– Controversial issue that will certainly generate much discourse over the next several years.

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Relevant stories from around the web-

Biologists make skin cells work like stem cells
Potentially huge step for regenerative medicine.

Venture fund seeks out cost cutters in health care.

Is health care making you better–or dead?
Interview with Regina Herzlinger (author of Who Killed Health Care?). Long, but provides great insight into the problems with the US health care system.

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Big Pharma Innovation Woes Continue

Not surprisingly (especially to those of you that are scientists), the gap between R&D investment and return on investment (in the form of approved therapeutics) continues to grow.

I am well aware of the difficulties inherent in drug discovery and development, but I remain amazed that the massive efforts and resources put forth by thousands of very intelligent people continue to yield subpar results. Is it possible that expectations are too high? Perhaps the much more favorable ratio of investment to approved NME’s in the 90’s was a result of “low hanging fruit”? Is the current return on investment (or lack thereof) sustainable? If not, what is the breaking point?

I suppose this is good news if you own equity in a small biotech and hope to cash out by acquisition!


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How to Foster Science Entrepreneurship (or Bioentrepreneurship)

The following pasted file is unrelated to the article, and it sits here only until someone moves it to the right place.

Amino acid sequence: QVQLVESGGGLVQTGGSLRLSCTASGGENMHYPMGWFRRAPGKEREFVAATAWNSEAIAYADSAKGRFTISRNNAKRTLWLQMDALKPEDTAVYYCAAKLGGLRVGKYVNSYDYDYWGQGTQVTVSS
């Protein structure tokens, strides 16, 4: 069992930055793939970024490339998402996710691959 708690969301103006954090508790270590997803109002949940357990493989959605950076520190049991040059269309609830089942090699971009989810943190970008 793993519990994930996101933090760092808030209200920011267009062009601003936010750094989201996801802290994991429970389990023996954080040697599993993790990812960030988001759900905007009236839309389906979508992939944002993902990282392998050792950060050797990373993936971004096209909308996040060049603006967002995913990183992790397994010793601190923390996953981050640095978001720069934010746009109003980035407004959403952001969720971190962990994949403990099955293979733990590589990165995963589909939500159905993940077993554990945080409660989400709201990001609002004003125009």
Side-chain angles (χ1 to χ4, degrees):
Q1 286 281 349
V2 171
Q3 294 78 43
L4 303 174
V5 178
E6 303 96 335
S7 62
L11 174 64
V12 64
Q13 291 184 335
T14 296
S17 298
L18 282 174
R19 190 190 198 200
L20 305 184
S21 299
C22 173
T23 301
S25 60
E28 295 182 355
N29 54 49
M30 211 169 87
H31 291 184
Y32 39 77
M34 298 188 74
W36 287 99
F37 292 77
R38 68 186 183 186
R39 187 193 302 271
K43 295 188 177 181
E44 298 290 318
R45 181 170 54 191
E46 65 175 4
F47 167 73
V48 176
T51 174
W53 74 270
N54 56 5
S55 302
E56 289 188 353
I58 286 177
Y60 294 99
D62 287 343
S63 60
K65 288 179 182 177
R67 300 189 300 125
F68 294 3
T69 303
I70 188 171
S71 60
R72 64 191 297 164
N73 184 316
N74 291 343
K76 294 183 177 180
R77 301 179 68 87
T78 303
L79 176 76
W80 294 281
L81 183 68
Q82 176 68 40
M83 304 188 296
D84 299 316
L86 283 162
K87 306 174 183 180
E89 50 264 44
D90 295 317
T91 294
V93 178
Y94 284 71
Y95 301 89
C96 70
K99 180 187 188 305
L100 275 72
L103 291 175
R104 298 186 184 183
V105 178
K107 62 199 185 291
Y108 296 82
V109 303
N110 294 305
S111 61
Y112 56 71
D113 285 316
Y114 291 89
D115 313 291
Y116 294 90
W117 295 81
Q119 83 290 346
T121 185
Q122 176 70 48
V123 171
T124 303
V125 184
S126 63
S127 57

A few months ago I was invited to attend a workshop hosted by the Council of Graduate Schools to discuss the role of entrepreneurship in graduate education. The goal of the workshop was to produce a set of recommendations for the advancement of entrepreneurship education at the graduate level. Much of the discussion focused on methods to incorporate entrepreneurship training into science and engineering graduate programs. Overall, there was great discussion amongst the 40 or so attendees (from universities across the country) and I’m anxious to read the resulting report that will be disseminated soon.

I believe there are 3 critical barriers that must be overcome to successfully foster entrepreneurship in science graduate programs:

1) Academic culture

2) Structure of graduate programs

3) Access to resources

I will address each of these issues in the coming weeks.

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Open Source Biotechnology: CAMBIA-BiOS

There is an interesting article ($) in Innovations by Richard Jefferson on his efforts to promote open source innovation in biotechnology. He believes the rate and direction of progress of biology is limited by access to tools (techniques). Richard has established the CAMBIA-BiOS program to apply aspects of the open source software model to biotechnology.

The prospect of open source biology is very intriguing, but fraught with complexities. I plan to post more on the biotech open source movement in the future.